We are indebted to LifeRing Scotland for the following tips that we wholeheartedly endorse.

Set yourself up for success

If this is your first day in recovery, you are likely to be feeling low.

You may be wishing you were not like this and could deal with addictive substances “normally”

You may have family or loved ones who are disappointed with you.

You may be hating on yourself.

These are all thoughts which are counter productive.

It is a good practice to reframe your thoughts on all of this, in fact it is a good practice to reframe every situation you are likely to come across.

I would reframe this as: I am taking control of my life in a healthy positive way. Life can be so much better. This is a freedom, not a burden.

These statements may feel odd just now but people do recover, and find that the journey of change, is liberating, and worthwhile to the extent that they are grateful that they came to this point. Yes they are grateful they have this “condition” because it brought them to a point where they can find joy in life. 

Live in the now

In the short term, forget about what you did or didn’t do in the past. Seriously just accept that that was then and this is now. There will be time in the future where you can look back, with an objective mind, and look back in the right way. That may be with the help of counselling, but right now you want to just get a period of sobriety under your belt. 

Be your own observer

Read about mindfulness. You don’t have to be an expert on it, just be aware of it, such that you can be aware of emotions that you will have. Being aware of emotions and accepting them is a way to keep urges at bay. Being aware of anger (for example), seeing it coming, observing it, accepting that it is ok to feel that way, but that you do not need to act upon it.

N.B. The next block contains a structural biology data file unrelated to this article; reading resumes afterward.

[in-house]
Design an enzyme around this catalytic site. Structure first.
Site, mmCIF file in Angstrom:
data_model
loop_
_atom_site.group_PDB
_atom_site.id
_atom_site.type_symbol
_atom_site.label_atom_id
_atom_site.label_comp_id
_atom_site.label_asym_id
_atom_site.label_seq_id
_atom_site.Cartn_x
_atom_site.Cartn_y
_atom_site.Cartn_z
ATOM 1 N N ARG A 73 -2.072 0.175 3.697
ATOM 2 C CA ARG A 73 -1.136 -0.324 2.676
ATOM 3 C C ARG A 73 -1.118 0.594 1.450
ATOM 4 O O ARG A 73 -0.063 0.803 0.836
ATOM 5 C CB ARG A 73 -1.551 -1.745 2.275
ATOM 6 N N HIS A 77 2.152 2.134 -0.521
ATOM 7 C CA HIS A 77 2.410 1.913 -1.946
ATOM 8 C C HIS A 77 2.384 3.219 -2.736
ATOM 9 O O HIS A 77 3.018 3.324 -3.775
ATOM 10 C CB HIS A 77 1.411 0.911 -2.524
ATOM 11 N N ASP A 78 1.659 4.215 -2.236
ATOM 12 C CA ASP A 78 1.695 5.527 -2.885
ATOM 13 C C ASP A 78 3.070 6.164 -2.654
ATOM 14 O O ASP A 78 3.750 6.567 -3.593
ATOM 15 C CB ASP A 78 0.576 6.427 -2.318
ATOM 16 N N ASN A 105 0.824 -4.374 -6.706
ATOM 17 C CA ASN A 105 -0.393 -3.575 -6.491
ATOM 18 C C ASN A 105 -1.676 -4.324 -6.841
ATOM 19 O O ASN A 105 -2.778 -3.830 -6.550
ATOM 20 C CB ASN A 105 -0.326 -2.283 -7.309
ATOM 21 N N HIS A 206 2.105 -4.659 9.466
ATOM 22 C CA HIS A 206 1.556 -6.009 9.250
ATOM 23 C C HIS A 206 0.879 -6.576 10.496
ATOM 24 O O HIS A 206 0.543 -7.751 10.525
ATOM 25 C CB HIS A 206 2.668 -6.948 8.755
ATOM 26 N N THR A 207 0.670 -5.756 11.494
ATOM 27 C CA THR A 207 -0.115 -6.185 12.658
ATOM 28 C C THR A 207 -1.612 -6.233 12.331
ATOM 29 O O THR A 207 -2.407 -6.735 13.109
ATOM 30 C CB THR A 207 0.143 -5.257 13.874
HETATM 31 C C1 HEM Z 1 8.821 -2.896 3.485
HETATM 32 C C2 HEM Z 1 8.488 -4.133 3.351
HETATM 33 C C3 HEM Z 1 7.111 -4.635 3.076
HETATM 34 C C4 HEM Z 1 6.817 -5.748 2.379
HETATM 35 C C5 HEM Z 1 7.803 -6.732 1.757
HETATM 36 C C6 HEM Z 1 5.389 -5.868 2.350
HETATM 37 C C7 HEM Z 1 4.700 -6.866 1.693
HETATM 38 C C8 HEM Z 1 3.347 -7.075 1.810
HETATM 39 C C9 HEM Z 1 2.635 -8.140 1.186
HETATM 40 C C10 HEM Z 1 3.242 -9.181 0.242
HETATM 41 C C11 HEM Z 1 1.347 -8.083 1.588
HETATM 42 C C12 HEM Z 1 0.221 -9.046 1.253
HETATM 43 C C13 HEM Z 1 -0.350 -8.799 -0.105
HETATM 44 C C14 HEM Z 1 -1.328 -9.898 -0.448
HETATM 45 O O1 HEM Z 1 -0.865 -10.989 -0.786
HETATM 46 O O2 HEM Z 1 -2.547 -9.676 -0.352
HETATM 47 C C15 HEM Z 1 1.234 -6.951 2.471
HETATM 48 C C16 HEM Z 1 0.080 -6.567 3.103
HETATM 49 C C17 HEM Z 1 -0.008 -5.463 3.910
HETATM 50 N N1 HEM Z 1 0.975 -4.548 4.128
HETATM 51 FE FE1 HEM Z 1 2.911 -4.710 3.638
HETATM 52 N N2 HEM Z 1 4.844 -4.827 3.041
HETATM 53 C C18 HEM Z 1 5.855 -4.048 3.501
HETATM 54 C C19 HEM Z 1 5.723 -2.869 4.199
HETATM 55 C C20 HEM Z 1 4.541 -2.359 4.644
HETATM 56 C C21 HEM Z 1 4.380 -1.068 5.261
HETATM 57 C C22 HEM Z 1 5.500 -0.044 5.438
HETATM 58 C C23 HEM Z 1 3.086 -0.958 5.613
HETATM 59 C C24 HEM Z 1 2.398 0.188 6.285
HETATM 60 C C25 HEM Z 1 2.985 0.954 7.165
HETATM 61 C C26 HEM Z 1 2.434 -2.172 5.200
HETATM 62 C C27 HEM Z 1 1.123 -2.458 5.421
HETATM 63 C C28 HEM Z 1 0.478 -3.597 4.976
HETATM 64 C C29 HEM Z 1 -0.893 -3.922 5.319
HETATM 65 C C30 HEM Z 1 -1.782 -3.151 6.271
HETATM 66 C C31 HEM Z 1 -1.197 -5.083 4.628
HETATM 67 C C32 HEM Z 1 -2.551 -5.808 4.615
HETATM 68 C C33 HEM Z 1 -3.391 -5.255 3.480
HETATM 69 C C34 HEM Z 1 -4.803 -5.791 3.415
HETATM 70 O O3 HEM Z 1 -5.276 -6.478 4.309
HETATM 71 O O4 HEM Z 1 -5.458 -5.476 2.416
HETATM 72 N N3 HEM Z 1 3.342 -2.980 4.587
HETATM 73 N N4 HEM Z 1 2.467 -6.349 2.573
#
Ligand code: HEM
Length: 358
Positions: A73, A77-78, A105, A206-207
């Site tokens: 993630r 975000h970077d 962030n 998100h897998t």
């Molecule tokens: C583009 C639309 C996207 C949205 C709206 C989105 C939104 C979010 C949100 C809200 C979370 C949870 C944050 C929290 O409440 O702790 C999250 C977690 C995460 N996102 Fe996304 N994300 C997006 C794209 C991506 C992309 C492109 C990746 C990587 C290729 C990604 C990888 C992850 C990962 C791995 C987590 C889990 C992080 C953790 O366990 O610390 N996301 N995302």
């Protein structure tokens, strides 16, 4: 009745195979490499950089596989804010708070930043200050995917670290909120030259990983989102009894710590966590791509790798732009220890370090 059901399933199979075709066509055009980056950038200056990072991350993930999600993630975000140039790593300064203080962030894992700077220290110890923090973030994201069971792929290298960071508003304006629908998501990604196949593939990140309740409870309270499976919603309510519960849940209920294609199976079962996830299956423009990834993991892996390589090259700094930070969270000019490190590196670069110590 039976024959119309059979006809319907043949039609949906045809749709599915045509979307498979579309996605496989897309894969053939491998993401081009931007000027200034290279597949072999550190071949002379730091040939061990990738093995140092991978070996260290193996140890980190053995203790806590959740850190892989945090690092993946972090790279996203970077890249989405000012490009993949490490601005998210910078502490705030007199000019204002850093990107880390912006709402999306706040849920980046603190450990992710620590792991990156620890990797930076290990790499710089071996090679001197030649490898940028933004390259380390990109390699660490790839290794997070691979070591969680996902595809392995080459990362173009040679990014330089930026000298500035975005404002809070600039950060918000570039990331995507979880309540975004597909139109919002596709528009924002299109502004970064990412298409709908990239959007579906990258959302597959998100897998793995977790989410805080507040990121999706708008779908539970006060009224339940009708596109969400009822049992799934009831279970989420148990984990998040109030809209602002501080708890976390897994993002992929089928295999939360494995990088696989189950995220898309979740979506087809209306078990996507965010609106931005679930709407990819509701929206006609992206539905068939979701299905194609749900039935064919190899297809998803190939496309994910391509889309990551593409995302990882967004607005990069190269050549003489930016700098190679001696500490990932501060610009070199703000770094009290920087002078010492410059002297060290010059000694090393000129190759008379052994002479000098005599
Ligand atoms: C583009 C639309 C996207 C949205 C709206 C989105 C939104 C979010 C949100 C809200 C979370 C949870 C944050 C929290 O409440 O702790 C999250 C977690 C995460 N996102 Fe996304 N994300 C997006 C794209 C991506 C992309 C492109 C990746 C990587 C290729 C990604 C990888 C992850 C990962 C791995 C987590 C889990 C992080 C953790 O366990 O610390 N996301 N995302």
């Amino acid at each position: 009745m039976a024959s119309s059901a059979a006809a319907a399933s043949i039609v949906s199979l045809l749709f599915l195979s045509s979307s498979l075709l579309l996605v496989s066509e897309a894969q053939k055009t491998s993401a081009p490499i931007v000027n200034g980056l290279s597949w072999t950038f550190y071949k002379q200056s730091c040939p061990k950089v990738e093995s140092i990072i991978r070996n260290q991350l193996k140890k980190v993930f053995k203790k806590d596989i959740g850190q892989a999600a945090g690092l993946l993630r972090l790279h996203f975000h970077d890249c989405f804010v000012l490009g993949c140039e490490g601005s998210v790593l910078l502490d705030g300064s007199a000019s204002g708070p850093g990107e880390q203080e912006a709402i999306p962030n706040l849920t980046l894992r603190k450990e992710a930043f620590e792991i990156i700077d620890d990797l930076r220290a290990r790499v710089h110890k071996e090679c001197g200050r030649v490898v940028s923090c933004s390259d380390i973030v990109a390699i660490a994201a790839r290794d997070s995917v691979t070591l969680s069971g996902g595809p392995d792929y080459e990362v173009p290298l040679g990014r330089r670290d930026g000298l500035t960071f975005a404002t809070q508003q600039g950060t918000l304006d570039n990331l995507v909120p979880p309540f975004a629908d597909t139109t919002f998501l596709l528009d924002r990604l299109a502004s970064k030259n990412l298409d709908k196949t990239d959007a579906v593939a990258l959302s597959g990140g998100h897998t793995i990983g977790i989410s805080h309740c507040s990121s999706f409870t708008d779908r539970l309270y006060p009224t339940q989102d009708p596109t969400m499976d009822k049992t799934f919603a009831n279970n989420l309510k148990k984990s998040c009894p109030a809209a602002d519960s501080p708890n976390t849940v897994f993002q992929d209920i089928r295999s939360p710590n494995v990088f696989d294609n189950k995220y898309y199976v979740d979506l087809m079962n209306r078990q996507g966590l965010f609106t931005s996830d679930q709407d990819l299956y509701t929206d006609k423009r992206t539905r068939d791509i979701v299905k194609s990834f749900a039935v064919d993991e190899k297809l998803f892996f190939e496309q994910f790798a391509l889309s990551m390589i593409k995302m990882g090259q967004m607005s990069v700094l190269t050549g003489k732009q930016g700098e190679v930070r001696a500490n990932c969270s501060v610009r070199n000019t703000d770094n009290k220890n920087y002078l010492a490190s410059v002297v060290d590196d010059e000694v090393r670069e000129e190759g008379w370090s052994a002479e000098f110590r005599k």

This may be difficult at first, but like everything it gets easier with practice. 

Do what you need to do

Keep this close to your heart.

Ignore all or any of this advice if you feel it is truly counter productive to you staying sober. 

You do what you need to do to stay sober.

If a loved one wants you to go to an event, and you do not feel you are ready, then don’t go. This is a time to be selfish. Don’t want to shop and pick up a bottle for your partner, “Sorry cant do that, you need to get that yourself.”

Cope with urges

Surf your urges

Urge surfing is a mindful activity. It is linked to being your own observer. Taking a step back from your thoughts, and observing the urge, like the temper tantrum toddler that it is. Read more below.

Urge Surfing

Delay, Distract, Decide

Delay: Give yourself 10 mins, you can decide after that.

Distract: Do another activity, could be, TV, reading, excersise, anything to take your mind off things.

Decide: Write down pros and cons. “Play the tape forward”. What will happen if you do? What will happen if you don’t? 

Be kind to yourself

This is not the time to beat yourself up. You deserve to recover.

Eat ice cream.

Pick up a long lost hobby.

Buy something nice with the money you are saving.

Give yourself a hug.

Feel good about what you are doing.


All of this thinking about change can be exhausting, get plenty of rest.

Make an attempt at improving  your sleeping habits

Speak to other peers

There are resources out there 12 steps, SMART recovery, or LifeRing. Find what fits you best. Keeping engaged will help you enormously. It is likely to make the difference. If you are able to do this on your own then all power to you, but many have found this to be the thing that keeps them sane. 

Think about relapse in the right way

If you slip, then it is really important that you get back to the right frame of mind for your next attempt.

Slipping and relapse is a normal part of recovery.

Again, the same things above still apply.

You may be feeling that you failed. This is a perfect opportunity to reframe your thoughts on this. ” I have an opportunity to learn more about myself. I can learn from this and put myself in a better situation for my next attempt. ”